Hi-Way Holstein Ranch is a sort of in-between type dairy farm: 175 milk cows housed in a freestall barn but milked twice a day in the stanchion barn and 350 acres of cropland.
Owner Jason Ihm was a farm boy from just down the road at Barneveld who began farming on his own in 1990, right after high school. He currently has five part-time employees.
Why would he be willing to host the dairy breakfast and have 5,000 people tromping over his farmstead and in his buildings?
It's about pride
'I'm proud to be a dairy farmer and feel it was our obligation to tell and show consumers where their food comes from,' Ihm explained. ' Many people have never visited a farm and don't know any farmers. This is an opportunity for us (the dairy community) to educate and inform and for them to see and learn.
A visitor from Madison asked me if and how much the host farmer was paid to host the dairy breakfast.
Jason laughed when I relayed the question to him. 'No, I'm not paid, nor are any of the farm families that host dairy breakfasts,' he said. 'We host because we want to. It is our opportunity to promote our industry and our dairy products. '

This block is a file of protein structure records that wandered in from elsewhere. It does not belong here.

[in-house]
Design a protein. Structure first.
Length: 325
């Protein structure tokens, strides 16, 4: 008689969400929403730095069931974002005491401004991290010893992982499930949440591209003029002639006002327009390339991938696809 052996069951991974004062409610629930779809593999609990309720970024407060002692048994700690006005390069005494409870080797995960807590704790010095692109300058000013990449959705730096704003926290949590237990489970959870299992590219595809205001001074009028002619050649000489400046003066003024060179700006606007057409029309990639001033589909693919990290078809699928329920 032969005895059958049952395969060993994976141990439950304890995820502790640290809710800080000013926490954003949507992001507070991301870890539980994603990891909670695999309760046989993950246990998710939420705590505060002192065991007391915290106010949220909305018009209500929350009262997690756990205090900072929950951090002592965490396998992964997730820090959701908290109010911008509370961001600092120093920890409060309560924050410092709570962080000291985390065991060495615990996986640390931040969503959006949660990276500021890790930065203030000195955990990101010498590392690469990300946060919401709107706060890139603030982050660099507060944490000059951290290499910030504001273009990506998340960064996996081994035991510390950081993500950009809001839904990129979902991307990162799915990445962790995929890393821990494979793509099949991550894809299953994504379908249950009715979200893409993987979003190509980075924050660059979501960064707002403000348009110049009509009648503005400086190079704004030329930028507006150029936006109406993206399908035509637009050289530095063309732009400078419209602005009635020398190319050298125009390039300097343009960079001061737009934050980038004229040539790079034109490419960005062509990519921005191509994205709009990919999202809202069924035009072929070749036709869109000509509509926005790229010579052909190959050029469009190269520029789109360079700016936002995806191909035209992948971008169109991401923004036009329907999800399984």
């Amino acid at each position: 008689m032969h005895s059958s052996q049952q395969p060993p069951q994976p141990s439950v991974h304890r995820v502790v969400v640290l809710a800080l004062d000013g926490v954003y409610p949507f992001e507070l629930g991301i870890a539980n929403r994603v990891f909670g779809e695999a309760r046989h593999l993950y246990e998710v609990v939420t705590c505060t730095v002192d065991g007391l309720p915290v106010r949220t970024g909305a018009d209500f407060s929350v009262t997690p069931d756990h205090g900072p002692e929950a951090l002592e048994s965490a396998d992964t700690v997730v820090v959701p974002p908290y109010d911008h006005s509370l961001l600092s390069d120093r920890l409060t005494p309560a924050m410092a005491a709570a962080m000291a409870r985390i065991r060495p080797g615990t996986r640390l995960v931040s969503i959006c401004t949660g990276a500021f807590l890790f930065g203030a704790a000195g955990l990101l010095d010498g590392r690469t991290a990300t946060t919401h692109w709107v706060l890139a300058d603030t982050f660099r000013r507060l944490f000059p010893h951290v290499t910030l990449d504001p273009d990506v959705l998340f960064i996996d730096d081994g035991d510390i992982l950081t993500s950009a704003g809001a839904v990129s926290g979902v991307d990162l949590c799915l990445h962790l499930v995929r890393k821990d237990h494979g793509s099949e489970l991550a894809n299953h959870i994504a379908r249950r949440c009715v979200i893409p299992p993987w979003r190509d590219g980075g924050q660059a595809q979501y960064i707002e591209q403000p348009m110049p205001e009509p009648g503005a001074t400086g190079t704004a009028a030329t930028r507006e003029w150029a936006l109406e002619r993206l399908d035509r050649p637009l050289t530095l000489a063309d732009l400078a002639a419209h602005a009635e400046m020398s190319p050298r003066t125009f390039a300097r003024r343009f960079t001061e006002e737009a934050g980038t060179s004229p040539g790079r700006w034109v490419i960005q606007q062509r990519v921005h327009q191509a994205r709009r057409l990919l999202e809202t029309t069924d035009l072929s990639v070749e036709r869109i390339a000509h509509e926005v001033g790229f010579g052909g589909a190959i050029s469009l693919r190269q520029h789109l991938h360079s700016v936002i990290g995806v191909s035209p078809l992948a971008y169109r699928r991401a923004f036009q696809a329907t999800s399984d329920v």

Ihm explained that the Dane County Dairy Promotion Committee planned the event, from food, exhibits, tours, funding and the too-many-to-count details to count, with hundreds of volunteers who ensured the breakfast went smoothly.
'Yes, I did have some help from Premier Co-op at Mt. Horeb and a local grain company,' Jason said. 'They brought out people to help me get ready. They were great.
On checking with Premier Co-op, I found out that their agronomy team of four to five people spent a couple of days at the farm working. In addition, the cooperative provided and spread the bark/mulch used for decoration around the farmstead.
No, no, no, host farmers are not paid to host 5,000 people who drop in for breakfast.
As at all dairy breakfasts, the food line is long, but the ice cream sundae line is almost as long. After all, how many kids (or adults) eat ice cream for breakfast?
Didn't mother always tell us that we could have dessert at dinner and supper, not breakfast? Of course she was wrong, and dairy breakfast goers make up for years of depravation and love their ice cream.